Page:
The reverse of the Canadian pattern is problematic. Ponthon presumably created it
as well, for its style is highly reminiscent of the reverses used for the Monneron
tokens, pieces for which Ponthon was certainly responsible. But its very simplicity
renders such an attribution uncertain; virtually any middling diesinker could have
created it. It seems to me that this plainness of reverse design may be ascribed
to one of two possibilities. Boulton may have counselled haste in filling a request
for a pattern, assuming that the artistry of Ponthon’s obverse would carry the project
to success. Or he may have viewed its prospects as unlikely, not worth the time of
an elaborate effort for the reverse die. Of the two possibilities, the former strikes
me as the more probable, for it corresponds to Boulton’s business procedure in several
other instances. But the contrast between obverse and reverse, however it originated,
strikes us as jarring. Walter Breen suggest that the Copper Company of Upper Canada
token was created on behalf of Governor Simcoe, whose recall in 1796 might explain
why the pieces never got beyond pattern stage.
Upper Canada, Kentucky, and Mules
There is a second, related, piece worth mentioning, a mule created by combining the
reverse of the Upper Canada token with the obverse of a second Soho pattern for American
consumption, a speculative halfpenny ordered by Philip Parry Price Myddelton for
a new settlement in Kentucky. The scheme never came to fruition, but a few tokens
did get manufactured, harbingers of what would have been a large issue had irate
Crown officials not prevented Myddelton and his flock from proceeding with their
Soho tended to save dies, even those for unsuccessful coinages. After the demise
of the firm, many of them were reused to create restrikes and mules by W J Taylor,
a Birmingham die sinker. Active between the 1860s and the 1890s, Taylor has made
matters miserable for several generations of scholars and collectors of Boultoniana,
many of his concoctions are readily identifiable, but others are not.
In the case of the Myddelton/Upper Canada mule, a restruck concoction by Taylor is
definitely suggested. Photographs of the piece indicate rust spots, which is precisely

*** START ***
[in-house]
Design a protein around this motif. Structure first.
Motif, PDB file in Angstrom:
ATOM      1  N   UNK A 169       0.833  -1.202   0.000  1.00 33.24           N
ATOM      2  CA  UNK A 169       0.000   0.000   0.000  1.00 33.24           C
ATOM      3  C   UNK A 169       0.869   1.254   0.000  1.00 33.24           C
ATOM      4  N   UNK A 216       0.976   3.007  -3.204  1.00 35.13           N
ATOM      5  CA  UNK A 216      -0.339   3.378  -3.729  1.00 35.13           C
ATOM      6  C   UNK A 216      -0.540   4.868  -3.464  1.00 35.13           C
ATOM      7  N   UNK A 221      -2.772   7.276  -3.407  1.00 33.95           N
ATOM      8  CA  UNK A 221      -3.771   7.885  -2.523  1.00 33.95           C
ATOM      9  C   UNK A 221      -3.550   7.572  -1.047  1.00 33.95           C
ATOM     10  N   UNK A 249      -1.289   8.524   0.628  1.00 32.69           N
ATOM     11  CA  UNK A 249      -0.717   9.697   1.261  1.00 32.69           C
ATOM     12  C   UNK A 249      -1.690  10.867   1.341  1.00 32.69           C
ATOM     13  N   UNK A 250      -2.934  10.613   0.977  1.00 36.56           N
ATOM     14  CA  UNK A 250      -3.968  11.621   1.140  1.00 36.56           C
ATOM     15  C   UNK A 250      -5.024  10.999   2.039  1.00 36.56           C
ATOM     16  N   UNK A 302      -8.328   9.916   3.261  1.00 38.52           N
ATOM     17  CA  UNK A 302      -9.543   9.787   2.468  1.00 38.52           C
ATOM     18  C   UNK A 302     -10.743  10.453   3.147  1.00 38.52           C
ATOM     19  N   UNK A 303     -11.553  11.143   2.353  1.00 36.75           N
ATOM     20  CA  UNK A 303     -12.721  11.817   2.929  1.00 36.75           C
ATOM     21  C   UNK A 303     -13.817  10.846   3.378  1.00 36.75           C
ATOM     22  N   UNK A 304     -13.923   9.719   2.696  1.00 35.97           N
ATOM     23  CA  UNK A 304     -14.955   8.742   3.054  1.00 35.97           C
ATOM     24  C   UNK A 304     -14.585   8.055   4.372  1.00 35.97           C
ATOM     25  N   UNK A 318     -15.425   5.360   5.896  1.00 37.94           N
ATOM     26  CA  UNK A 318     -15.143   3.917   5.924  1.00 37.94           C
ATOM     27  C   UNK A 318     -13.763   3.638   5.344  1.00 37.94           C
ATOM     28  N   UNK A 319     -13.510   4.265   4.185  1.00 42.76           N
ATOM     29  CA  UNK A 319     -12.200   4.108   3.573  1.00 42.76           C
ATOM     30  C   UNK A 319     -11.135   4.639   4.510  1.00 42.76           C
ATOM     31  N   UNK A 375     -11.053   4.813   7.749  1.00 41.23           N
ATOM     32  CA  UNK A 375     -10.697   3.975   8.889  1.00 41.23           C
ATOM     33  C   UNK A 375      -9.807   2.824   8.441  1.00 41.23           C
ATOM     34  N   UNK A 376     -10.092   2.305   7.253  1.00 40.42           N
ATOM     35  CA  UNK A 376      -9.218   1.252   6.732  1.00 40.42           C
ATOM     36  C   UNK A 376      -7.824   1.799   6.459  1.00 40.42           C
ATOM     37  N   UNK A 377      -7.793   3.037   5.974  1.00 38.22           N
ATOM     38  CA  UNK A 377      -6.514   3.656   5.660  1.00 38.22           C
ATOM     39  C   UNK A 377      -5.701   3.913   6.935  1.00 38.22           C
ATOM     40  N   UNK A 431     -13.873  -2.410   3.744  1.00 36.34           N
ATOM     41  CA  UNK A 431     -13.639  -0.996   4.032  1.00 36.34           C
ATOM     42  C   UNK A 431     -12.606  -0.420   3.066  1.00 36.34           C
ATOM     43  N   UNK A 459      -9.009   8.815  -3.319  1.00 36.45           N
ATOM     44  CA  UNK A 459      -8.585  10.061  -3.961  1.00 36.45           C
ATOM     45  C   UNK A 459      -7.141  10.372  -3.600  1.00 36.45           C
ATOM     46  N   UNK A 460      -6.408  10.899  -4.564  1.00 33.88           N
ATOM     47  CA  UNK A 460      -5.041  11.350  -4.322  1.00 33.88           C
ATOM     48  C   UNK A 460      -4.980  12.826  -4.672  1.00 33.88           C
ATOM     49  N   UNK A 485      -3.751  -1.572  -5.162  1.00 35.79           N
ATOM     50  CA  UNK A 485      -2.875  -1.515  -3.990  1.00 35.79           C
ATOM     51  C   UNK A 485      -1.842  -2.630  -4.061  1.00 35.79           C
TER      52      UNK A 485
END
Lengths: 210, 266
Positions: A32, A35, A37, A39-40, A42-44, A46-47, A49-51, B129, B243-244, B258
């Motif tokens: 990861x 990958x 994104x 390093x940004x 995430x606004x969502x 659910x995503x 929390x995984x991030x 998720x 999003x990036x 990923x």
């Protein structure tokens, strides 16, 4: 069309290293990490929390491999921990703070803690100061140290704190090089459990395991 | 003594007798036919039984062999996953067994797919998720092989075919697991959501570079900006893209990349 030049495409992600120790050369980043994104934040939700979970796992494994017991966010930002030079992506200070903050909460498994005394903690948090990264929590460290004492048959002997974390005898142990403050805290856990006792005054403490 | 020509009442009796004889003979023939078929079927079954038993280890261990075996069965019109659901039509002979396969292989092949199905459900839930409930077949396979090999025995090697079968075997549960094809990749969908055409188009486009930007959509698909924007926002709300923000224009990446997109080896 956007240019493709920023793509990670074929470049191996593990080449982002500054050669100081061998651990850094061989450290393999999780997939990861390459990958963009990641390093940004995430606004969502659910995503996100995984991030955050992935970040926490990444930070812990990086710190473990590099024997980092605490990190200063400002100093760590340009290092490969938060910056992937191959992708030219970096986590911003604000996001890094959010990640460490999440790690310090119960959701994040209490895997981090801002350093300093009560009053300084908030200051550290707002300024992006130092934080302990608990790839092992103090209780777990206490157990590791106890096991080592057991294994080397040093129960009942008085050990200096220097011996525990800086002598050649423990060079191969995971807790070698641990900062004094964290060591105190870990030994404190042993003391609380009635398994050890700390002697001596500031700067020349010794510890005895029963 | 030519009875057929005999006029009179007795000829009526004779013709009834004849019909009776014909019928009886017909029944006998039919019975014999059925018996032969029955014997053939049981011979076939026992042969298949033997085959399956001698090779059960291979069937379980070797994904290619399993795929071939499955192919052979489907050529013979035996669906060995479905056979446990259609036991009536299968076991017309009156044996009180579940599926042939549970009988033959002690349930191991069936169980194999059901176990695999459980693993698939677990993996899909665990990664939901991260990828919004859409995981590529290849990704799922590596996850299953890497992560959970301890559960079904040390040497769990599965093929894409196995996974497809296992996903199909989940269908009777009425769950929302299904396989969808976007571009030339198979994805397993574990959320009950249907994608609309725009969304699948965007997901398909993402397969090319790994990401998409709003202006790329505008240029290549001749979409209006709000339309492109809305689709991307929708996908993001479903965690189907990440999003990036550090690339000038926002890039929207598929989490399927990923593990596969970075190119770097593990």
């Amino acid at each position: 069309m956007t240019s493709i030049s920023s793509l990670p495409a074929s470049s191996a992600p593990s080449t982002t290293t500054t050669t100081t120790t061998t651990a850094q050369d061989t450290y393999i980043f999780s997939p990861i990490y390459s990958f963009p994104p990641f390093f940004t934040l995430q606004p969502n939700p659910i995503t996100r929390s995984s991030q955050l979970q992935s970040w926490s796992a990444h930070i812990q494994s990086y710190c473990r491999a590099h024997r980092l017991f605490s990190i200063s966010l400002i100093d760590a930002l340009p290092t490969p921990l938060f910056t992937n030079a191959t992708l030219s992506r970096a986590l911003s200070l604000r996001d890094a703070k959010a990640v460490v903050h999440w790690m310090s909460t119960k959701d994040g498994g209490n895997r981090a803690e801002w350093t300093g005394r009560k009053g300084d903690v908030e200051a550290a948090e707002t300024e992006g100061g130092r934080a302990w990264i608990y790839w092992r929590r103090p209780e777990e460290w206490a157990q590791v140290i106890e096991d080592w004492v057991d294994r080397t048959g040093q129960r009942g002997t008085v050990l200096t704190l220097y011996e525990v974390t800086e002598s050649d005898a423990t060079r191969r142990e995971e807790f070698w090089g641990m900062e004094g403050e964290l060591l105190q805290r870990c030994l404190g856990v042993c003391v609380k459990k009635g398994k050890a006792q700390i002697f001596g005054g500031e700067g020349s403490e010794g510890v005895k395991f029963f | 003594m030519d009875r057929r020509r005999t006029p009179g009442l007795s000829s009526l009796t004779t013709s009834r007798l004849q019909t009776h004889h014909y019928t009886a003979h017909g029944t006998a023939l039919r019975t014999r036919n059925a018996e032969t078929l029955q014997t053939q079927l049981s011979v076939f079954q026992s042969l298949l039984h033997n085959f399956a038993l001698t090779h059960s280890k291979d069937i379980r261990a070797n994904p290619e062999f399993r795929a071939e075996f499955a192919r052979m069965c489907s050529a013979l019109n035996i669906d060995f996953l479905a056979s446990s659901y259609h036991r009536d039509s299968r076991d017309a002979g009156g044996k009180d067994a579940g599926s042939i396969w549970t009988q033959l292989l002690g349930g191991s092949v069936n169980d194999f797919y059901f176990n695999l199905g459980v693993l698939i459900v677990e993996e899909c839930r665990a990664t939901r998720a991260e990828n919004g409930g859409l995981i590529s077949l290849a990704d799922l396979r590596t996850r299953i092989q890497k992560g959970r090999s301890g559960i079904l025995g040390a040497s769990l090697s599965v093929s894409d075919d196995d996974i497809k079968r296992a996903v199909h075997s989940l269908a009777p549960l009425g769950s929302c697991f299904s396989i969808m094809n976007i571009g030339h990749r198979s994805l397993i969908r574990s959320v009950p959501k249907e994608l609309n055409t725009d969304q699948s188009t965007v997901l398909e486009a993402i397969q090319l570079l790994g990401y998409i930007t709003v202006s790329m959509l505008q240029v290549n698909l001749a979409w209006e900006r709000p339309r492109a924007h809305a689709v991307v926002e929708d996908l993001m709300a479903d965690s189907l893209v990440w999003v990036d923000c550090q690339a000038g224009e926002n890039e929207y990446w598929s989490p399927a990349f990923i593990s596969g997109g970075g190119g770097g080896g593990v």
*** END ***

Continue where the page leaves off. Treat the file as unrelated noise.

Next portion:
what one encounters on other Taylor restrikes, pieces made decades after their purported
date. Additionally, coins, tokens, and medals made at Soho, even those manufactured
beyond their stated date, tend to have an internal consistency. Put another way,
there are very few mules in the legitimate Soho series. This piece, with not one
but two unrelated American references, strains credulity: the Soho coiners simply
did not embrace that sort of practice. In my opinion, this hybrid is a later concoction,
done outside the Soho Mint. But only a minute examination of the actual piece, its
surfaces, and especially its edges (Taylor’s edges are generally less precisely finished
than Soho’s) will tell for certain.
A Bit of a Puzzle
This second stage in Soho’s dealings with Canada is represented by a single document
in the Birmingham Reference Library Collection. It is a reply to a letter of 21st
January 1821, from W Richardson of Halifax, Nova Scotia. Richardson had written to
Boulton and Watt (the branch of the firm which built steam engines, which eventually
forwarded the letter to the coining branch of the operation) apparently requesting
information on the firm’s prices for preparing one or more orders of commercial tokens
for Canadian circulation. M R Boulton’s reply sets down the general parameters of
a business arrangement.
“Not possessing the advantage of being personally known to you, I hope it will not
be deemed improper on my part, previous to our entering upon the subject of your
letter, to beg the favour of a reference to some mercantile house of acknowledged
respectability in England, who may be willing to take upon themselves the responsibility
of answering my drafts for the amount of all your orders. It will also be requisite
for your correspondent in this country to furnish me with a licence from the Privy
Council for Trade and Plantations, authorising the export of these tokens, the making
and shipping of which would otherwise be considered illegal.”
The younger Boulton was being prudent here: the firm had been less cautious in several
other initial contacts, and it had occasionally paid dearly for its naïvété. But
its polite request for credentials may have cost it dearly in this instance as well:
we hear no more of Mr Richardson in the Birmingham Archives, and if he had tokens
struck they were not elaborated at Soho.
What might they have been? As far as I have been able to determine, there are no
tokens of this period from Nova Scotia, or from any other Canadian province, made